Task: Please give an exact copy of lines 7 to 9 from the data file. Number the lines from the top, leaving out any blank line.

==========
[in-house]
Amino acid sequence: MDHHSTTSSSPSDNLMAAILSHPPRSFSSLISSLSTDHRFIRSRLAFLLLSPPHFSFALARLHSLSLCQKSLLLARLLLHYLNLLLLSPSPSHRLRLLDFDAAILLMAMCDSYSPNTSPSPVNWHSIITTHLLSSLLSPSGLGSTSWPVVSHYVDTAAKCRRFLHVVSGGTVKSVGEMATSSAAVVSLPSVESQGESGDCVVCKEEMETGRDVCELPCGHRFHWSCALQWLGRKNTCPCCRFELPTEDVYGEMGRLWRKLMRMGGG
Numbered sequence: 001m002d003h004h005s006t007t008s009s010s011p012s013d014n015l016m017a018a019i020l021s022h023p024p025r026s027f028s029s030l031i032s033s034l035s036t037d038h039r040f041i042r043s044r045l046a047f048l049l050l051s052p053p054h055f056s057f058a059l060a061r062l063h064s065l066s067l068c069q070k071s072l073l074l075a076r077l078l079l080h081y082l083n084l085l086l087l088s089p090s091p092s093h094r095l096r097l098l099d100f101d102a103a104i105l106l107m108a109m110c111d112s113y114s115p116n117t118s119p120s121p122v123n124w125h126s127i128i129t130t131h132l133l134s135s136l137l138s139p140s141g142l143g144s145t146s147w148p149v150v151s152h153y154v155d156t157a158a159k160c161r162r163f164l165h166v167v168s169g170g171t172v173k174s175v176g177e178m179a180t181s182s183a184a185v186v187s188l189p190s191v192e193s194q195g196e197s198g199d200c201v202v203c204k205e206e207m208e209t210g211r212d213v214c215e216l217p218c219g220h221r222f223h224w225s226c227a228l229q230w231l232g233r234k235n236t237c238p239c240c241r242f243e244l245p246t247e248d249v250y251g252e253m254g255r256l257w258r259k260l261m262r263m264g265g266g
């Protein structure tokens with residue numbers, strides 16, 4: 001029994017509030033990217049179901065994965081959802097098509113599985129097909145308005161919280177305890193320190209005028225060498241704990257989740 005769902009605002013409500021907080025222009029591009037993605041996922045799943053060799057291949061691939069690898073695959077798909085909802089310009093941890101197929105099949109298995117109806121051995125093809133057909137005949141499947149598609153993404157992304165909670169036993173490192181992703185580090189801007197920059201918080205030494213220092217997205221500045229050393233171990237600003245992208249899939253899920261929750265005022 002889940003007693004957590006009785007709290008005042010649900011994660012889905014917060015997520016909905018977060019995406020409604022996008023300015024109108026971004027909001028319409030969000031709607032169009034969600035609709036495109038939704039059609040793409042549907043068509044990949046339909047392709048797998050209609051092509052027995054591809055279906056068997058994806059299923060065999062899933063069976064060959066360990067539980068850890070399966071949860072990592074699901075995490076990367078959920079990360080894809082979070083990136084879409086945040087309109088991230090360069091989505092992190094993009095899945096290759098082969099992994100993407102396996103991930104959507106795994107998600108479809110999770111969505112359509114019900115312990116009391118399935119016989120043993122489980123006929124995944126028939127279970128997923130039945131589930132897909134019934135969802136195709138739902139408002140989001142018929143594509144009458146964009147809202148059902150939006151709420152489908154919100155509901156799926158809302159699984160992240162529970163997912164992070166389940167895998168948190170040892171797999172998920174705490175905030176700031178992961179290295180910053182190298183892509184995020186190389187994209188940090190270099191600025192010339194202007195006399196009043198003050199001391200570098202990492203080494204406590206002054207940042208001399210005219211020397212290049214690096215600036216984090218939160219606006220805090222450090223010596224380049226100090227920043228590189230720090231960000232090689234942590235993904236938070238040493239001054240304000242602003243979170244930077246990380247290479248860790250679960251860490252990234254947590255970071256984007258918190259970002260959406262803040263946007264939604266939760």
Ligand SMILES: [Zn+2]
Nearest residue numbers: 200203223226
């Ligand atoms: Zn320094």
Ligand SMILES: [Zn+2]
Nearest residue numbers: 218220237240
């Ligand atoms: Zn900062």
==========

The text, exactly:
């Ligand atoms: Zn320094």
Ligand SMILES: [Zn+2]
Nearest residue numbers: 218220237240